Do The Right Thing Had A Massive Influence On Edward Norton’s Aspirations

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Edward Norton is a brilliant actor — and he knows it. He cares about the projects he takes on and he’s controlling about how they’re made. The final cut of “American History X” was even one that he edited, much to director Tony Kaye’s dismay. Norton has thus developed a reputation as an actor who’s difficult to work with. Norton’s one-time “25th Hour” co-star Brian Cox wrote of him, “He’s a nice lad but a bit of a pain in the arse because he fancies himself as a writer-director.” Norton’s “my way or the highway” attitude is also known to have cost him his role as the Incredible Hulk.

There are directors who Norton respects, though — game recognizes game. One of them is the man who directed him in “25th Hour”: Spike Lee. Speaking to GQ and recalling “25th Hour,” Norton was downright effusive in his praise for Lee:

“I think we shot ’25th Hour’ in 26 days […] it was the shortest schedule I’ve ever shot a film on, and it’s a function of Spike’s preparation, he’s one of the most prepared directors and part of that is rehearsal, he rehearsed it like a play, 5-6 weeks, 9-5 everyday. [Philip Seymour Hoffman] and I were in heaven, we were like, ‘This is everything we love.'”

He also revealed that seeing Lee’s magnum opus, “Do The Right Thing,” was one of his formative points as an artist.

Doing The Right Thing

Set in a Brooklyn neighborhood on a blistering summer day, “Do The Right Thing” shows the escalating antagonism between local pizzeria proprietor Sal (Danny Aiello) and his African-American patrons. The main character is Sal’s deliveryman Mookie (Spike Lee himself). Edward Norton doesn’t specify when he first saw “Do The Right Thing,” but he was 19 when it first opened in 1989. That’s a ripe age for a great movie to affect you and affect Norton it did:

“‘Do the Right Thing’ was, to me, one of the definitive films of my coming of age, it had an enormous, enormous impact on literally what I thought was the reason to make movies, like it changed my aspirational target.”

The influence of “Do The Right Thing” could be what drew Norton to “American History X,” another story about racial hatred in America. “X” doesn’t come close to the authenticity of Lee’s film, but both movies end by showing the cycle of destruction. Of course, Norton’s other aspiration was to work with Lee himself:

“I had literally written Spike fan-letters, I thought ‘He Got Game’ was a frigging undeclared masterpiece, I thought it was just great and I think I wrote him a letter about that, then when I saw him somewhere sometime he came running over and we got into it and then you know we started looking for something to do.”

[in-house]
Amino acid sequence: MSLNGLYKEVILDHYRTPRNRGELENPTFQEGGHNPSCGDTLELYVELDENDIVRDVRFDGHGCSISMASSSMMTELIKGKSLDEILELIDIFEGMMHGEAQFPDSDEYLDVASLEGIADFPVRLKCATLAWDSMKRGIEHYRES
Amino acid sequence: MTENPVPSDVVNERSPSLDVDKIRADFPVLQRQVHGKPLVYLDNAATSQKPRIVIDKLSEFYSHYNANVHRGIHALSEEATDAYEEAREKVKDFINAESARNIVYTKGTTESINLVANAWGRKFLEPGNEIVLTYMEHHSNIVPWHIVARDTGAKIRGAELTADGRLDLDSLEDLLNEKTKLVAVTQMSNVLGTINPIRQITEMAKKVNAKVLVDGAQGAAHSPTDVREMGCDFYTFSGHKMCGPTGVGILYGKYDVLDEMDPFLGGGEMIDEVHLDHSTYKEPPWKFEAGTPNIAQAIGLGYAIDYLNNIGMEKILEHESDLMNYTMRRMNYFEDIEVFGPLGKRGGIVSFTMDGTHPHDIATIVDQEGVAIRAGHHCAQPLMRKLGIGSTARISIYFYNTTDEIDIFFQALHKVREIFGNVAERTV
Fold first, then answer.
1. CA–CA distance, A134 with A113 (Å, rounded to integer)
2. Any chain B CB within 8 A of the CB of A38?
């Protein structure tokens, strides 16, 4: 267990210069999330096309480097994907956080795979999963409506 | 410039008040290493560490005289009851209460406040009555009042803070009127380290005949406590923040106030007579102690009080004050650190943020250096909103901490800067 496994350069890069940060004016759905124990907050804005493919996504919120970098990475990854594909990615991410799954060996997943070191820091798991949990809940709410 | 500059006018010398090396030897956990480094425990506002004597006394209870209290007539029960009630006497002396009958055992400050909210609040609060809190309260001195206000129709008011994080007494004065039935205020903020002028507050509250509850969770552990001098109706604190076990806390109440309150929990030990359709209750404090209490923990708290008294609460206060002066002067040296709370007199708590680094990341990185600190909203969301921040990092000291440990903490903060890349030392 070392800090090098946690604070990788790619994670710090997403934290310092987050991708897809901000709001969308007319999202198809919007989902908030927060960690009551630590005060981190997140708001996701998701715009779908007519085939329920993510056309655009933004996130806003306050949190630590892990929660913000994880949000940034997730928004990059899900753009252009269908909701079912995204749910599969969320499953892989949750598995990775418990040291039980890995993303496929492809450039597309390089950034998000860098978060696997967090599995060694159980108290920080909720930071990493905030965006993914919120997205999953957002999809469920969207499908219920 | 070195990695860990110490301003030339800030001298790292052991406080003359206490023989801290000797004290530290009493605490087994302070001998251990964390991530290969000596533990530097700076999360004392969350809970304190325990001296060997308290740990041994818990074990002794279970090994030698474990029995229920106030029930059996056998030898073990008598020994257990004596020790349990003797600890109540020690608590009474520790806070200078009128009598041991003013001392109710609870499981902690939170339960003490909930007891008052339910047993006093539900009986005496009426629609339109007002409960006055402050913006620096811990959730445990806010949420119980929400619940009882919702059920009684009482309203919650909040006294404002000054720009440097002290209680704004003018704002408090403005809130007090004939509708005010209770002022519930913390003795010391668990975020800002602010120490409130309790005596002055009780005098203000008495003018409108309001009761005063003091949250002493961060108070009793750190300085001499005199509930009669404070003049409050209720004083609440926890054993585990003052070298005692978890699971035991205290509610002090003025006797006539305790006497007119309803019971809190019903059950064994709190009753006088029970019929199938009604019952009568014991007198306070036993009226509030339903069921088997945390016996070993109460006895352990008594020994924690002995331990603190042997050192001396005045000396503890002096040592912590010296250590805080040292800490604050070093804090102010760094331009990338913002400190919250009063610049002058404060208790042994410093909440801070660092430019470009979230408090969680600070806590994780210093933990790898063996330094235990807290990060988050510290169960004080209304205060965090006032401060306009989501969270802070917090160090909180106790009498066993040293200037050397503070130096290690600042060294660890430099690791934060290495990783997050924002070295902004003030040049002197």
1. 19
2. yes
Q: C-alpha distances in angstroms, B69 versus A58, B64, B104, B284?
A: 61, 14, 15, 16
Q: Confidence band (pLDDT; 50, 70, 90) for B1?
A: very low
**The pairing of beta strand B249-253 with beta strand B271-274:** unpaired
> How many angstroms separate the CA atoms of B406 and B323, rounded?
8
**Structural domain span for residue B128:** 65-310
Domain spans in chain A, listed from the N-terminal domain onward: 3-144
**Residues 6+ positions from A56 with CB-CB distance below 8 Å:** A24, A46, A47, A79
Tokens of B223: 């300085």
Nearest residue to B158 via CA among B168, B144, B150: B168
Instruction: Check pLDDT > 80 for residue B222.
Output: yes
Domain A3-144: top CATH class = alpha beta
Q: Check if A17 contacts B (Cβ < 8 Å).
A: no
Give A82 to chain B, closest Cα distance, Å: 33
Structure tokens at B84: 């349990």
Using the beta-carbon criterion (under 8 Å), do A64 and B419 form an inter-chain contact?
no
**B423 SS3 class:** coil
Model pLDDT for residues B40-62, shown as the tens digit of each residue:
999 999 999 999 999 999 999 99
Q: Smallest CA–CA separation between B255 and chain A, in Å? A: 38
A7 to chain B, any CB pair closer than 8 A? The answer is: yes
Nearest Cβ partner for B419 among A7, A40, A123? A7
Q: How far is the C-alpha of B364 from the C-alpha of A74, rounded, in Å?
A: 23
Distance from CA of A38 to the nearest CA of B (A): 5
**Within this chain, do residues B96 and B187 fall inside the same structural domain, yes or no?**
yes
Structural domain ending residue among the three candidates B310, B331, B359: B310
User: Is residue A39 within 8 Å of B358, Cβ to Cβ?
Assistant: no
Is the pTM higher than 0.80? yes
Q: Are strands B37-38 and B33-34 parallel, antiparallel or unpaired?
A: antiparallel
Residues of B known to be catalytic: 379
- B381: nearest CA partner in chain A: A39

That something came in “25th Hour.” The story started as the debut novel of David Benioff, telling the tale of drug dealer Monty Brogan and his last 24 hours before he reports to prison. Lee directed the movie, Norton starred as Brogan, and they turned a good book into a great film.

Righteous Anger

“25th Hour” was published in 2001 while the movie came out in 2002, just over a year after the 9/11 attacks. Instead of setting the story in the novel’s pre-9/11 New York, Spike Lee embraced the hurt his hometown was feeling and wrapped it into the story’s already-present melancholy. The movie even adds a scene where Monty’s friends Jacob (Phillip Seymour Hoffman) and Frank (Barry Pepper) look at the sight of the fallen Twin Towers from the latter’s apartment. Edward Norton told GQ:

“I think Spike was not going to make that movie in the aftermath of 9/11 and not deal with the melancholy that was sitting on his town. Spike makes films about the moments he’s living in, he makes films about the tensions in his neighborhood, he makes films about what’s the moral challenge of the moment we’re living in.”

Norton acknowledged that “25th Hour” works as a morality tale, one which asks how much culpability we have in the decisions of those around us. However, what elevates Lee’s film is its righteous anger; the same anger that struck Norton in “Do The Right Thing.” Aside from the acknowledgment of 9/11, the film throws in some middle fingers at Bush/Cheney and Enron.

Mutual Respect

Edward Norton clearly respects Spike Lee, but even that wasn’t enough to suppress his creative (and controlling) tendencies. In Brian Cox’s autobiography, “Putting The Rabbit in The Hat,” he recalled how Norton once pitched script edits to Lee during production on “25th Hour.” How the discussion went down may surprise you. Cox, as big a fan of Lee’s as Norton is, wrote:

“I’ve never known a director to be so diplomatic […] [Norton] and I had this scene set in the bar owned by my character. Spike set it up immaculately, but Ed came in and was saying, ‘Now, I’ve done some work on the script and I’ve got a few ideas and I’d like you to think about them. I’ve rewritten a few things in there.’ Spike was like, ‘Oh, good, let me see.’ He had a look at Ed’s notes and then said, ‘Well that’s very interesting. Okay, so what we’re going to do now is …’ and put Ed very firmly in his place. It was done beautifully. Seamless. It was taking Ed’s points on board but making sure Ed knew that we were doing things his way. 

Yes, the same Edward Norton who hijacked the production of “American History X” to make it his way didn’t try to overrule Lee, he just accepted his direction. Lee giving Norton’s notes the benefit of the doubt, and Norton accepting Lee’s verdict, is a testament not just to the director’s diplomacy, but of the two men’s mutual respect. Game recognizes game, indeed.

Read this next: A Brief History Of Black Filmmakers

The post Do the Right Thing Had a Massive Influence on Edward Norton’s Aspirations appeared first on /Film.

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